Hand, Foot and Mouth Disease? All that you need to know

Disclaimer –  The material on this blog is only to be used for informational purposes only. As each individual situation is unique, you should use proper discretion, in consultation with a health care practitioner, before applying the methods, medicines, techniques or otherwise described herein. The author and publisher expressly disclaim responsibility for any adverse effects that may result from the use or application of the information contained herein.

Pharmamum’s Ultimate Guide: Hand, Foot, and Mouth Disease

When a doctor or other health professional diagnoses your child for the first time with hand, foot and mouth disease, it can be quite daunting and your first thought may be, ‘Is this disease serious? Did they catch it from an animal?  Are there any long term complications? How contagious is it? How do we treat the disease?’ The following post will answer all the questions above, inform you about the disease  and  give you some practical advice which worked well in my household.

What is hand, foot and mouth disease?

Hand foot and mouth (HFM) disease is a childhood disease, which in comparison to many other childhood diseases causes a mild illness. It is caused by a number of enteroviruses (mainly the coxsackie group of enteroviruses) and not related to the foot and mouth disease in cattle. The virus harbours in the body for about 3-7 days before symptoms start appearing. It mainly occurs in children under 10 years of age, particularly in the creche/day care setting. It is very contagious and usually if one child presents with hand, foot and mouth disease, most likely the rest of the class will soon follow. Adults can catch the disease but symptoms are usually either mild or not present, but adults can transmit the disease to others without having the symptoms.

How do you catch hand, foot and mouth disease?

HFM disease is caught through air particles via secretions ie nasal mucus, saliva and usually passed on via close contact through coughing and sneezing. It can be contagious through the fluid in the blisters and  the virus is also present in faeces (stools) for several weeks after contracting the illness.  The spots start as small red dots and then become fluid filled turning into blisters, and then slowly drying out and disappearing.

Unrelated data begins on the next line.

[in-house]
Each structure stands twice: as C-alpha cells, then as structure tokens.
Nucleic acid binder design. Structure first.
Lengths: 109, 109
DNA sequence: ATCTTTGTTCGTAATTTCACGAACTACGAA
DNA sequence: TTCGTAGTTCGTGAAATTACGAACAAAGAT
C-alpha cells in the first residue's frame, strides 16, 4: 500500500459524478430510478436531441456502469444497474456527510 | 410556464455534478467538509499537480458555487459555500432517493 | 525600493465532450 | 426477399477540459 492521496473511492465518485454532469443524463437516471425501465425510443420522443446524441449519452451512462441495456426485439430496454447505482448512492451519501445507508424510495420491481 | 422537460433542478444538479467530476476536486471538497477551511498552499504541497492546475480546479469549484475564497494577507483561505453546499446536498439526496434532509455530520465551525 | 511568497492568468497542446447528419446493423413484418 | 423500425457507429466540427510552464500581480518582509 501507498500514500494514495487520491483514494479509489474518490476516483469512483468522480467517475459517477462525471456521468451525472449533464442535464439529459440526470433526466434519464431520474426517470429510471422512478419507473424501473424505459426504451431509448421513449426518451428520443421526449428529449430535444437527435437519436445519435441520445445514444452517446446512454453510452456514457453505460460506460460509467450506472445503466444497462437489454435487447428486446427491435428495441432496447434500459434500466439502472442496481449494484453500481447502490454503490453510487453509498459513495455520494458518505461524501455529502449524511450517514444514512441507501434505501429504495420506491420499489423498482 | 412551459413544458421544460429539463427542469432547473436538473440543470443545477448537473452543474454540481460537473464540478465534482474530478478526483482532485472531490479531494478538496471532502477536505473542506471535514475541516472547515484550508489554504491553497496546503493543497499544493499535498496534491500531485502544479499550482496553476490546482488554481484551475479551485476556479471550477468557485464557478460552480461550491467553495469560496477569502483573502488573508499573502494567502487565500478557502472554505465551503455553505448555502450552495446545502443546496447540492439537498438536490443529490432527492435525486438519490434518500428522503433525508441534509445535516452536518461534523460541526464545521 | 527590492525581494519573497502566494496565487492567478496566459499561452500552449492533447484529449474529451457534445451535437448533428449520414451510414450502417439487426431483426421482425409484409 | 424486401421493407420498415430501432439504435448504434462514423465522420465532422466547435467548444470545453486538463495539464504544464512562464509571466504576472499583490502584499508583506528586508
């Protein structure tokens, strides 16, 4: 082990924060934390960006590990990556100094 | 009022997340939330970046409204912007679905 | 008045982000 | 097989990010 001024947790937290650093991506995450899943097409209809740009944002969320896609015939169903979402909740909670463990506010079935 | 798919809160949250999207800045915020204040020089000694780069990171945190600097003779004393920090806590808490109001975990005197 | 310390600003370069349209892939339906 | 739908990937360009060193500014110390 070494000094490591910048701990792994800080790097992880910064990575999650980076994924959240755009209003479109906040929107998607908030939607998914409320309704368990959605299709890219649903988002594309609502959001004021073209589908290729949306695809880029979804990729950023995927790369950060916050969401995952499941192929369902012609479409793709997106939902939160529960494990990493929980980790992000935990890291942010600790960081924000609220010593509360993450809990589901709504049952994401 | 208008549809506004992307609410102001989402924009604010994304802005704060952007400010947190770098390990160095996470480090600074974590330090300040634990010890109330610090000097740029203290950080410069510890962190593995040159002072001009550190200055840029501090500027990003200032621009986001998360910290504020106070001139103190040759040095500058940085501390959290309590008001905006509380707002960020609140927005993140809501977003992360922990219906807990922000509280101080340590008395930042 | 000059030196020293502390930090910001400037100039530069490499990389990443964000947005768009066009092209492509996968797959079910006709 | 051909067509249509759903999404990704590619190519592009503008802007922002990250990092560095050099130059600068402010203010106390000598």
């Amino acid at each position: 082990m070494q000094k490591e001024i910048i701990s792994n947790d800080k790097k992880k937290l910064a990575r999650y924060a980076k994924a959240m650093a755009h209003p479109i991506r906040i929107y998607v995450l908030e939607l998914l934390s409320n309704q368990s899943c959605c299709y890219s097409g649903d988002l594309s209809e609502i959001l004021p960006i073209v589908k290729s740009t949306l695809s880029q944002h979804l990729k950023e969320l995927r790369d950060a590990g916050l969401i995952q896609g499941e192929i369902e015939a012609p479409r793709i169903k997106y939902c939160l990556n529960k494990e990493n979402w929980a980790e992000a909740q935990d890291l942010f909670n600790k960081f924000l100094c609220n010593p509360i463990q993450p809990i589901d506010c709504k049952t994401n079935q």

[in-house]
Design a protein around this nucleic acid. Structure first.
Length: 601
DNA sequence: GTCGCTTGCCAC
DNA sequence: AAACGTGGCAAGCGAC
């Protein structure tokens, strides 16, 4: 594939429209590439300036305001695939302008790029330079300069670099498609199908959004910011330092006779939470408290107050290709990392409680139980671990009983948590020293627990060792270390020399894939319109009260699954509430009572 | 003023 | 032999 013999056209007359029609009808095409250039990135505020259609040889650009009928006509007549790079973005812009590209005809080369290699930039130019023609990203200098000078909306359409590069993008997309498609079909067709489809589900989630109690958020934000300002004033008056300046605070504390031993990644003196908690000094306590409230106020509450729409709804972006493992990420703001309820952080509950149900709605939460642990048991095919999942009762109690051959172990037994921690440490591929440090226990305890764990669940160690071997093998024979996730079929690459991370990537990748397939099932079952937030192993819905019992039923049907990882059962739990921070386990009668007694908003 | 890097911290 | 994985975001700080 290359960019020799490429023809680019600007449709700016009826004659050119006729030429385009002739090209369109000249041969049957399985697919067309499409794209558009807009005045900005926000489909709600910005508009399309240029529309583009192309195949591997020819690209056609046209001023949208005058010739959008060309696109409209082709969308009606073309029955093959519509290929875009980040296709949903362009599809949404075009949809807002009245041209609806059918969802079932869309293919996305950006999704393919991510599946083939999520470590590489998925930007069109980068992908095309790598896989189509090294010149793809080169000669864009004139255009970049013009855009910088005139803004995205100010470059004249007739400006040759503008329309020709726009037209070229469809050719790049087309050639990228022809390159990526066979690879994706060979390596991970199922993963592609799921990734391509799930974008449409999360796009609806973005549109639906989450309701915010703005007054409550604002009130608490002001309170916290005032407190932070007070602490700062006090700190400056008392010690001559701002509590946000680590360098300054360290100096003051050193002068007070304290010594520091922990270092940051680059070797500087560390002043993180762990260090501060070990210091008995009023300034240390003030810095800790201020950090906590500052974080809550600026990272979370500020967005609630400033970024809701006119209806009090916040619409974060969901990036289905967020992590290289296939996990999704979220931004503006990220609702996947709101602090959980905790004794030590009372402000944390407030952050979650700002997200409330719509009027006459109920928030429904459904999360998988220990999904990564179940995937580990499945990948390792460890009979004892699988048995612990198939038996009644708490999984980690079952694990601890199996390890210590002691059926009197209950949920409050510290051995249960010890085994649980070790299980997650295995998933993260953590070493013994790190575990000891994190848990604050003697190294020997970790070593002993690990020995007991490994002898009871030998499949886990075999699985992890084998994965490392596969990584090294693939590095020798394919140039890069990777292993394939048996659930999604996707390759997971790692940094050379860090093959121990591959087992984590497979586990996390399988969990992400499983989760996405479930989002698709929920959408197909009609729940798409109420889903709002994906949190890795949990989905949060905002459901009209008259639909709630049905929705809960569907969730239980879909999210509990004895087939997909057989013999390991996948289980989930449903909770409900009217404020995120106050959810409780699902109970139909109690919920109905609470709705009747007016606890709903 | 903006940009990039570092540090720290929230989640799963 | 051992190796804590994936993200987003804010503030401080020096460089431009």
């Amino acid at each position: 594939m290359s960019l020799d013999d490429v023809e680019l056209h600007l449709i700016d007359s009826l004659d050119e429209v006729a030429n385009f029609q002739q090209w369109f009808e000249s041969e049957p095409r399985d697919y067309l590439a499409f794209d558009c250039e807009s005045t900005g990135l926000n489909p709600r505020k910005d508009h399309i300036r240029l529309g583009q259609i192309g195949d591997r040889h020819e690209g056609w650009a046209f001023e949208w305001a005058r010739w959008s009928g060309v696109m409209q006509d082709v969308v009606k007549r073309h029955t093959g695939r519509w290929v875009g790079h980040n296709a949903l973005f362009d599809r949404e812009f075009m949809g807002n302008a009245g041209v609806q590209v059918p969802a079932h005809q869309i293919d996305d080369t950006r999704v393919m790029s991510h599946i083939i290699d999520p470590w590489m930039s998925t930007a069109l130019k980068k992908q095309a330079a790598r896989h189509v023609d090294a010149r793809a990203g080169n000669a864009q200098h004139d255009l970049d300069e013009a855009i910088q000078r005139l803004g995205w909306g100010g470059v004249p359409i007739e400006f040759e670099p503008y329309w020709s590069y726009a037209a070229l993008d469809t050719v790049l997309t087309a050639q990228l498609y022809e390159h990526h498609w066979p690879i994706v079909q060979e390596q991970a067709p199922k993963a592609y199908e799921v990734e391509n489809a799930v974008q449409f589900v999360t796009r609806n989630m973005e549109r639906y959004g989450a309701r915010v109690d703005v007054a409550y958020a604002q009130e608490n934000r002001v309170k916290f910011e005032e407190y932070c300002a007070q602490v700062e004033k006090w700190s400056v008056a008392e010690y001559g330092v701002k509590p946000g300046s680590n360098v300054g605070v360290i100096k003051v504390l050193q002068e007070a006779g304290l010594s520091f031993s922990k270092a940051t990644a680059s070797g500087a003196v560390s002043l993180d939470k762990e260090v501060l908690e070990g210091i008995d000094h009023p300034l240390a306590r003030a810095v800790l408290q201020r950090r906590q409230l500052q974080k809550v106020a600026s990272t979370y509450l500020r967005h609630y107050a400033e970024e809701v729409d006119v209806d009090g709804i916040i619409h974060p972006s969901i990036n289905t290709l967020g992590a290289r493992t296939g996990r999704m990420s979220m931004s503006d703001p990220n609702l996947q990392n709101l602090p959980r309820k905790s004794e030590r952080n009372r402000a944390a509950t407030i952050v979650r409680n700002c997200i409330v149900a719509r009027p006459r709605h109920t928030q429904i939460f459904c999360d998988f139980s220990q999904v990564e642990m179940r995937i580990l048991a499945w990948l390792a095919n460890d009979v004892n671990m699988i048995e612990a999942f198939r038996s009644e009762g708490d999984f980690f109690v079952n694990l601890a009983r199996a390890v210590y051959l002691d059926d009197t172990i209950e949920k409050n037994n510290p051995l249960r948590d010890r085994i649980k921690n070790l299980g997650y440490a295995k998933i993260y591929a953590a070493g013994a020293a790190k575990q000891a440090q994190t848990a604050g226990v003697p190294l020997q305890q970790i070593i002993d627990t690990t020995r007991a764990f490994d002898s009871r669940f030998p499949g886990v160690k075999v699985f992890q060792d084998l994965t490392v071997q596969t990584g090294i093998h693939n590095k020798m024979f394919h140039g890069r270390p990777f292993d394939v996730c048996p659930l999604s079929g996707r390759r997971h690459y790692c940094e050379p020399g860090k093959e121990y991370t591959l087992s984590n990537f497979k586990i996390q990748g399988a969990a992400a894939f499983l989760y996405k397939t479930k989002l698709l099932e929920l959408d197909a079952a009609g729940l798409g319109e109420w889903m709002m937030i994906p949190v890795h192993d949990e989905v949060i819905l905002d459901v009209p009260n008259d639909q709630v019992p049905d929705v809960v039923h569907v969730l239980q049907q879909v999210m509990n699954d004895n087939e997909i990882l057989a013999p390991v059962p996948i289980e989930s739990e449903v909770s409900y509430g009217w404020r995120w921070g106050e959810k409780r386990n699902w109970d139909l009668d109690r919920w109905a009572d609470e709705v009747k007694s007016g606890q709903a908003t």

What are the symptoms?

The typical presentation are blisters on the palms of the hands, soles of the feet, in and around the mouth and in the nappy area. The blisters on the hands, feet and nappy region are not itchy or painful however the blisters in the mouth are what causes the most pain and distress in babies/children.  Sore throat, irritability and fever (either mild  or very high) can  be present before the rash appears and loss of appetite is very common until the baby/child has recovered. The spots can also be present around the knees and elbows.The blisters usually appear as red dots and then fill with fluid, people will describe them as small ulcers too. Sometimes the red spots will just remain red spots and will not fill up with fluid, this is usually the case for the nappy region.

The symptoms can go from being mild with the child hardly suffering at all, to being quite severe, causing the child to be miserable, in pain and distressed. Complete recovery takes approximately 7-10 days.

Both my children have suffered with HFM disease and when my eldest daughter contracted the virus, I thought, ‘Great, we got over that disease, one childhood illness down.’ That was until the following year, my daughter came down with a very high fever and spots on the hands and feet and it was diagnosed as HFM disease again. It turns out you can catch HFM disease more than once because, you develop immunity to the specific virus that causes the infection, but because HFM disease is caused by several different viruses, people can get the disease again. My eldest daughter has had it at least 3 times and each time  really suffered with the virus, having very high fevers for at least 3-4 days, very tired and irritated by the condition. My youngest daughter recently contracted it with getting a high fever, spots in her nappy region and little ulcers in her mouth which caused her to be off her food for at least a week but had no spots on her hands and feet and did not seem to be in a lot of discomfort. So it’s important to realise that not  everyone gets all the symptoms of HFM  disease.